The Jester wasn’t exactly a candidate for longevity when he debuted in 1941, but the colorfully clad crime-fighter made a total of 64 appearances in Smash Comics until the title was canceled eight years later.
Much of the character’s success can be attributed to the solid storytelling endemic to the entire Quality Comics line, with many of The Jester’s adventures illustrated by the hero’s creator – and one of the greatest artists of the Golden Age – Paul Gustavson.
The premise was also original: A police officer learns he is the direct descendant of a medieval court jester and decides to use his comedic talents to further the war against crime.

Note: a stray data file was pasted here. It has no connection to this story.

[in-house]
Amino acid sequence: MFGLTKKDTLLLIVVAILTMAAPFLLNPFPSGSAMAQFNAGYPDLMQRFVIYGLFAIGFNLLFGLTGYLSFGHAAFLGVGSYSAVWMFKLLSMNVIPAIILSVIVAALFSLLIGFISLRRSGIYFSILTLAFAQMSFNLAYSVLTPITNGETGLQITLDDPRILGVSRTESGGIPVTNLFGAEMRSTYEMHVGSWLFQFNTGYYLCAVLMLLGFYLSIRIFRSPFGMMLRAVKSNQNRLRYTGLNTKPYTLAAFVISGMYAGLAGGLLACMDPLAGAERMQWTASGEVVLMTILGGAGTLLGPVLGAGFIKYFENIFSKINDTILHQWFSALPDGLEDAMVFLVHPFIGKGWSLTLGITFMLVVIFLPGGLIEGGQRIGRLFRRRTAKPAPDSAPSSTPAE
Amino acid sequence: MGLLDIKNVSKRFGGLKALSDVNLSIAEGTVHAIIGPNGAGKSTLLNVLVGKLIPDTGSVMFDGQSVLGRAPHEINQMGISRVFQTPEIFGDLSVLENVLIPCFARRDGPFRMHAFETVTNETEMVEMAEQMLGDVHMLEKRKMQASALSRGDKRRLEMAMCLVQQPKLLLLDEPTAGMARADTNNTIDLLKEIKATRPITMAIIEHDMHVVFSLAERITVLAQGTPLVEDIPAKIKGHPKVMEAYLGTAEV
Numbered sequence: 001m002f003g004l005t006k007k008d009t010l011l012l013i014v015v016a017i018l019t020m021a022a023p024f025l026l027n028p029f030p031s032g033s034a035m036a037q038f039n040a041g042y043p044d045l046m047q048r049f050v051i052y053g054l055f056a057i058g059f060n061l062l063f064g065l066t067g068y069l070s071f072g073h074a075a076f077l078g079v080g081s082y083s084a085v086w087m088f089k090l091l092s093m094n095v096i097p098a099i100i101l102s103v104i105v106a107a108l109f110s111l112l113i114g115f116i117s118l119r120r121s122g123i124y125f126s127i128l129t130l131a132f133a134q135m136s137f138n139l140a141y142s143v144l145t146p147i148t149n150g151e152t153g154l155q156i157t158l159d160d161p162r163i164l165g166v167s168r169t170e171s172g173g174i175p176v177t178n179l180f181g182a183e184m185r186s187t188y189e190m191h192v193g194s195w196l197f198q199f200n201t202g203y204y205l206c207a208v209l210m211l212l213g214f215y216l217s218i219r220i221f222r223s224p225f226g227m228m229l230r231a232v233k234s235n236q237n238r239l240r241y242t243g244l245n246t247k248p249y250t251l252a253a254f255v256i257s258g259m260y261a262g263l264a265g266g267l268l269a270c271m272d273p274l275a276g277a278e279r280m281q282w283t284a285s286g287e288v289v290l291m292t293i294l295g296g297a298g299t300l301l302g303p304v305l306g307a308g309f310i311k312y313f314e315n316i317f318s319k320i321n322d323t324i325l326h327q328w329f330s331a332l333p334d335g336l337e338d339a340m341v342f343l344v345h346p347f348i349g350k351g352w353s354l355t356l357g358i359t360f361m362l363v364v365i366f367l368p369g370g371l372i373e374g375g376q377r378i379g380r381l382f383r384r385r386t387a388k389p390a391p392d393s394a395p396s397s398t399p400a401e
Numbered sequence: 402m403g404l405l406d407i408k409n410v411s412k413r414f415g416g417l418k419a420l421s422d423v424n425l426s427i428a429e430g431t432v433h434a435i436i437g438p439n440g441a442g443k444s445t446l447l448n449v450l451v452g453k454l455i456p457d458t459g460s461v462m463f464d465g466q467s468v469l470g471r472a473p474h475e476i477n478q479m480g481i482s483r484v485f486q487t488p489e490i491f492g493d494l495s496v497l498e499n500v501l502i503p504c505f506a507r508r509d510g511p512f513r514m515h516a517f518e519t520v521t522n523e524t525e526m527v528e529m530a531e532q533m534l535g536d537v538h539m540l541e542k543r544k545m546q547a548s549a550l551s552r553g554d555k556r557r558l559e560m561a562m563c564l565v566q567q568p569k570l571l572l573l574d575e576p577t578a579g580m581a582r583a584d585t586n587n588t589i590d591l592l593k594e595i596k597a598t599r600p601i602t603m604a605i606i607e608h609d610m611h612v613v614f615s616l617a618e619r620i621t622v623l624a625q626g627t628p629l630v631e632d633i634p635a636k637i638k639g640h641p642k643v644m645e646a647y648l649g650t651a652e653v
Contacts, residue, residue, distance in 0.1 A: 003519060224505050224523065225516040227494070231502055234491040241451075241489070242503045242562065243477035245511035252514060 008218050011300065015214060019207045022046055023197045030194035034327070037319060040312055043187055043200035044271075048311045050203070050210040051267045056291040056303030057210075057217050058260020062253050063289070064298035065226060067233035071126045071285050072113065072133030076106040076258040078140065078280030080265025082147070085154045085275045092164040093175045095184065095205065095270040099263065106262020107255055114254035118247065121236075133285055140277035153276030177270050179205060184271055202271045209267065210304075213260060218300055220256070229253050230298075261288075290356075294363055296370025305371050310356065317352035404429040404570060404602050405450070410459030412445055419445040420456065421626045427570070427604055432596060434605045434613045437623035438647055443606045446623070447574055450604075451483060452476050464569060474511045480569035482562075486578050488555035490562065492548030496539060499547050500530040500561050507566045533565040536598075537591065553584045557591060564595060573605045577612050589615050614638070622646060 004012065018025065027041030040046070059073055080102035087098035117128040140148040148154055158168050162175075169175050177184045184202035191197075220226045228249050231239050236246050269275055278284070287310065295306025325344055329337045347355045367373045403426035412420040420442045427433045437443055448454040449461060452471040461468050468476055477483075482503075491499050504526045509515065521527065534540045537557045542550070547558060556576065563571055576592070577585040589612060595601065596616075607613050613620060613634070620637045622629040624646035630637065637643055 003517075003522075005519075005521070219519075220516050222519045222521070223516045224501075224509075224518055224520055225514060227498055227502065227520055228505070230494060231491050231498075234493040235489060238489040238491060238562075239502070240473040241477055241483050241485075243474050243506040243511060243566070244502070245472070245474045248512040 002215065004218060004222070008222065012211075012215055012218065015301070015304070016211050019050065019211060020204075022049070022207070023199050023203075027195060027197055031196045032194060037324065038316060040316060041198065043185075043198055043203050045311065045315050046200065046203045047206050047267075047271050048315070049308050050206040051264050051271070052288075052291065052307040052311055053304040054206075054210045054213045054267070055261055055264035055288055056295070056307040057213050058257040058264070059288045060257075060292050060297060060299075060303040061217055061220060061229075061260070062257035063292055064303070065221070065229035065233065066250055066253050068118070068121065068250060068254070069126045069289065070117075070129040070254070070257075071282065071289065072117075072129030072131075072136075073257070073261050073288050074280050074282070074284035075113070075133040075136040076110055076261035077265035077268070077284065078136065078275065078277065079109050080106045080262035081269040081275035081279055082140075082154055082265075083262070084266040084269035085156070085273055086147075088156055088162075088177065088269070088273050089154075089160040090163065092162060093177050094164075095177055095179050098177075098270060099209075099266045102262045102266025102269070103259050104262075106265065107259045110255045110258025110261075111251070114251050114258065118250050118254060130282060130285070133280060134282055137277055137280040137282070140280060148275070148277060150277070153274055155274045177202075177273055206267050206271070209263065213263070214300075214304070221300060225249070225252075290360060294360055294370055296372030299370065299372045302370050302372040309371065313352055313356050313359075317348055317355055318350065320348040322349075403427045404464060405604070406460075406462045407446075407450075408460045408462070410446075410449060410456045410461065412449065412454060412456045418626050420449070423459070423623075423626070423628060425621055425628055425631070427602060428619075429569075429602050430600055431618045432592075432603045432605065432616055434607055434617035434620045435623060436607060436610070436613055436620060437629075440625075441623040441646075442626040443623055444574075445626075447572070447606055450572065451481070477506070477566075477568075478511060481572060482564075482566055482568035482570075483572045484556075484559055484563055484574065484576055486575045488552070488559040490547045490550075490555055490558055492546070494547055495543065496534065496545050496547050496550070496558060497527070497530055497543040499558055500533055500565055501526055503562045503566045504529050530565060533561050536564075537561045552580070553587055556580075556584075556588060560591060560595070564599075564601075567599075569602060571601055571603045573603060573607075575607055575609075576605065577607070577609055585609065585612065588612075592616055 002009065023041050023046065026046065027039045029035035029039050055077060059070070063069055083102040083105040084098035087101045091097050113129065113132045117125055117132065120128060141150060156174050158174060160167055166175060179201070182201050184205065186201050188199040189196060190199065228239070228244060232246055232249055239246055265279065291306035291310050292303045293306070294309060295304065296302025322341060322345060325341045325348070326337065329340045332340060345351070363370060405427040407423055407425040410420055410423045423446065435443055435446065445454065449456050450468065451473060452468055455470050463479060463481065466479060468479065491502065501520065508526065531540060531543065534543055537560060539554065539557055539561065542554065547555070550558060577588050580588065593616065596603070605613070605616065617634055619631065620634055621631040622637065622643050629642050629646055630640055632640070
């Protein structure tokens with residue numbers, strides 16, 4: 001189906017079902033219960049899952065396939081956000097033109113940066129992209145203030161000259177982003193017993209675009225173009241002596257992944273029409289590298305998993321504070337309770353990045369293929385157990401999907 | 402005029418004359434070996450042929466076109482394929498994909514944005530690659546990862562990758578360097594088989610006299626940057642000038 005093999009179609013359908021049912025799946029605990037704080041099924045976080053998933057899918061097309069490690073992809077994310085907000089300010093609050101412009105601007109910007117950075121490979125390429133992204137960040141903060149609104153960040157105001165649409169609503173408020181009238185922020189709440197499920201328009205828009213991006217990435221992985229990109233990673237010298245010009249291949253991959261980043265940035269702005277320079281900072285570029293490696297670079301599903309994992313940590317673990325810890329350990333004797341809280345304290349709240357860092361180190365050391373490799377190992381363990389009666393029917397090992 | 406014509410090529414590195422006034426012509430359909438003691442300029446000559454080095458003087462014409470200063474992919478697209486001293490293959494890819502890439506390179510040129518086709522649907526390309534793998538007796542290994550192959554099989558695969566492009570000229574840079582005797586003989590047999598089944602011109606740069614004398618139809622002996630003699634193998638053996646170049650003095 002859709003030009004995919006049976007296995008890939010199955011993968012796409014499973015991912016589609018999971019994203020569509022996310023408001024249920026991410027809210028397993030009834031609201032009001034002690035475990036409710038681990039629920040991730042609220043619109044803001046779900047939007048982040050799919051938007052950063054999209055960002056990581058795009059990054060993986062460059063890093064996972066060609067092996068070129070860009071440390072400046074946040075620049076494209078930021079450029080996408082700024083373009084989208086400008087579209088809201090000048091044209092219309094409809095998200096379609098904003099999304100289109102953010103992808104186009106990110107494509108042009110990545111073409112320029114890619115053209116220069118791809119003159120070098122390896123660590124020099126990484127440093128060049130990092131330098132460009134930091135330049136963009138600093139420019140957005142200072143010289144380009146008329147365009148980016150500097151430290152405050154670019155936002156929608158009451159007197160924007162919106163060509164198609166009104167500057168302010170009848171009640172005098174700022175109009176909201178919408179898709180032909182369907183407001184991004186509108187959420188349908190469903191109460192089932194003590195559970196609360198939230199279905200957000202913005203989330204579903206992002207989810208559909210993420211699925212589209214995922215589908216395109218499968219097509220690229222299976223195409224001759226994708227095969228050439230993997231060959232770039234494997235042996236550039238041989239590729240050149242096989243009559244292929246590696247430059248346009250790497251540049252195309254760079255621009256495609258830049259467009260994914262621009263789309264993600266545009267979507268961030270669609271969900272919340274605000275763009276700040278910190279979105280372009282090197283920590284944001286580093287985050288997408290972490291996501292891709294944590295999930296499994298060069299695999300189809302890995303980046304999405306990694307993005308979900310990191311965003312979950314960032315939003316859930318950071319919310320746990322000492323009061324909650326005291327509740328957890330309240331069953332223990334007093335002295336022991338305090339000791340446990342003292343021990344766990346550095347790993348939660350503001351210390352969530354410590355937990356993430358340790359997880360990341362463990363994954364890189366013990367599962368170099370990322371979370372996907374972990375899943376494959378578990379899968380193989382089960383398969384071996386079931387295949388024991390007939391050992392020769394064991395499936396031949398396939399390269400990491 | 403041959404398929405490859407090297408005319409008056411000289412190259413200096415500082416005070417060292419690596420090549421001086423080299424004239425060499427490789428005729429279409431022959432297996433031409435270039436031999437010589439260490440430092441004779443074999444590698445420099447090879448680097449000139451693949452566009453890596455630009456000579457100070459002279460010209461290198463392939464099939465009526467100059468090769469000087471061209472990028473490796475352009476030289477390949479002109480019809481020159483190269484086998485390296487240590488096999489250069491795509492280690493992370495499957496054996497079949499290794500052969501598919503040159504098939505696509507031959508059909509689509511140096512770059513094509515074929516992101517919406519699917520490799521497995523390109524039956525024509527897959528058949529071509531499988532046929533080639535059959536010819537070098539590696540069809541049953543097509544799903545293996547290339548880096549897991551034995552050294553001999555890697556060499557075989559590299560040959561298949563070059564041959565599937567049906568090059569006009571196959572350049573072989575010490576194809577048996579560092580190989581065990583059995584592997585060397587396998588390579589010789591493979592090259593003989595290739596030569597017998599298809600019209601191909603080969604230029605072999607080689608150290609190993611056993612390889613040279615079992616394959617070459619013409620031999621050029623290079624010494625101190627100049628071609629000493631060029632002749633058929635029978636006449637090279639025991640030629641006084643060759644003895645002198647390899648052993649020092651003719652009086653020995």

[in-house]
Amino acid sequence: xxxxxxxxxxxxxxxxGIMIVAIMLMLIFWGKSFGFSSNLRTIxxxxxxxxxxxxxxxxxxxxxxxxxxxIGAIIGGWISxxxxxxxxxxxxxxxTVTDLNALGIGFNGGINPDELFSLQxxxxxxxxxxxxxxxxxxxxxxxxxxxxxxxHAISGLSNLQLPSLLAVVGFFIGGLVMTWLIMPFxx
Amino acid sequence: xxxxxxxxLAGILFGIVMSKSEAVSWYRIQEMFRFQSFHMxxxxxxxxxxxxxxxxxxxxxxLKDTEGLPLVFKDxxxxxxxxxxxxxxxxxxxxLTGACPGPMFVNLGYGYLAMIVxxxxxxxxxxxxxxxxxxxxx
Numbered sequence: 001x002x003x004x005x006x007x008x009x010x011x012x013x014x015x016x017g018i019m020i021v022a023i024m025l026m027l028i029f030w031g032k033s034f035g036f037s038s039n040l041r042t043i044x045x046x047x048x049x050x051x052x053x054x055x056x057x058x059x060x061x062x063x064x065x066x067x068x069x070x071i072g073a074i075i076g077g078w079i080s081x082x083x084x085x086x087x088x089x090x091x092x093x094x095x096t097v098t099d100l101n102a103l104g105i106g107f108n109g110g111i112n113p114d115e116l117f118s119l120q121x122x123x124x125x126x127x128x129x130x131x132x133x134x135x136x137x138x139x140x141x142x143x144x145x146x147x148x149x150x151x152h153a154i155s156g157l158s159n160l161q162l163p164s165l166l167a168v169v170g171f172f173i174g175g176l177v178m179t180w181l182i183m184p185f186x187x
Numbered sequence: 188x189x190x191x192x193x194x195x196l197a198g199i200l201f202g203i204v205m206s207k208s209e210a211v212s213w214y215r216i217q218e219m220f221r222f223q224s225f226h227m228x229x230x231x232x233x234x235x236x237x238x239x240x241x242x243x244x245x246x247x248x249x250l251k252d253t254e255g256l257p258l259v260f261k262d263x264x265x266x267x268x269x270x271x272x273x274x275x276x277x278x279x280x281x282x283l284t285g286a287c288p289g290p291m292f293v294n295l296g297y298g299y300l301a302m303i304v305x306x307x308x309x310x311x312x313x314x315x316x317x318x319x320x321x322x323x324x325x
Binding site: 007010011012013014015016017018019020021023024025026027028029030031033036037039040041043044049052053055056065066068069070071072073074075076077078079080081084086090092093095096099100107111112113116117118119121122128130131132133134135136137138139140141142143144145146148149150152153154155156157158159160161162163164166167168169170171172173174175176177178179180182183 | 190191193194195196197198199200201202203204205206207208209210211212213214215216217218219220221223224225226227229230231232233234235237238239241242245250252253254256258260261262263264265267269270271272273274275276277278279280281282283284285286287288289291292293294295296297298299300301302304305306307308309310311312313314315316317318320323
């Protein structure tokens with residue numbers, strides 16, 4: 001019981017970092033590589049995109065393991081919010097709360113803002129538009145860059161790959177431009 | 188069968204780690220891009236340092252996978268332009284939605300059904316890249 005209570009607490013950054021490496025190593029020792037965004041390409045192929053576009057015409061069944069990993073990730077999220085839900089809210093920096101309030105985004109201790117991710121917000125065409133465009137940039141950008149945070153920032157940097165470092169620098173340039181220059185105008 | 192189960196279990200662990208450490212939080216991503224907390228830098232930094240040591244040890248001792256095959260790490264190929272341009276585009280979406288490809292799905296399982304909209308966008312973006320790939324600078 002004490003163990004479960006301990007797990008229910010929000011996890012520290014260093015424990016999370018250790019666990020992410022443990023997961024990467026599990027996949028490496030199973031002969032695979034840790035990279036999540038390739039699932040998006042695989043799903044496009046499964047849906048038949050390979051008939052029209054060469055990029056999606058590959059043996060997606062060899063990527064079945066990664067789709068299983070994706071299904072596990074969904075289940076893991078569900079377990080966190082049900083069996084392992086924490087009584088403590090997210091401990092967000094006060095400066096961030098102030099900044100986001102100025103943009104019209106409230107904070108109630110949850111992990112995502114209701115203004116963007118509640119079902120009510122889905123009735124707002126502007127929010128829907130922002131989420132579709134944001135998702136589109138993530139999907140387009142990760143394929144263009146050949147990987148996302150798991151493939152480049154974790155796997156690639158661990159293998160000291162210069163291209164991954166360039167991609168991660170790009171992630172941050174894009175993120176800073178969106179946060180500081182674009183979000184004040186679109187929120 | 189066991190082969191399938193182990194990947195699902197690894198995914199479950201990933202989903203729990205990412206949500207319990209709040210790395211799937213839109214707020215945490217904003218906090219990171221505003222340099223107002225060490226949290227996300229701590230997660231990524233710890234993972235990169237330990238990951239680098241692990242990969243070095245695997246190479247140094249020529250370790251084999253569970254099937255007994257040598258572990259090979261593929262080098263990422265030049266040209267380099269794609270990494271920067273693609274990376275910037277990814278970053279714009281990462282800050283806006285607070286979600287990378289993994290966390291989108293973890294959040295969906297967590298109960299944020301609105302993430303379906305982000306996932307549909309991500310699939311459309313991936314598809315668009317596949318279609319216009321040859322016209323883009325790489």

Perhaps this spark of originality inspired James Robinson and Gene Ha to revive the character decades later in DC’s deservedly lauded Starman series. Unlike many Golden Age characters that are contorted beyond recognition to fulfill the more “realistic” requirements of modern comics, Robinson and Ha treated the hero with the respect and dignity usually reserved for less obscure properties.
From Smash Comics #23 (Quality Comics, June 1941), here’s “The Hundred Grand Hobo” by Paul Gustavson.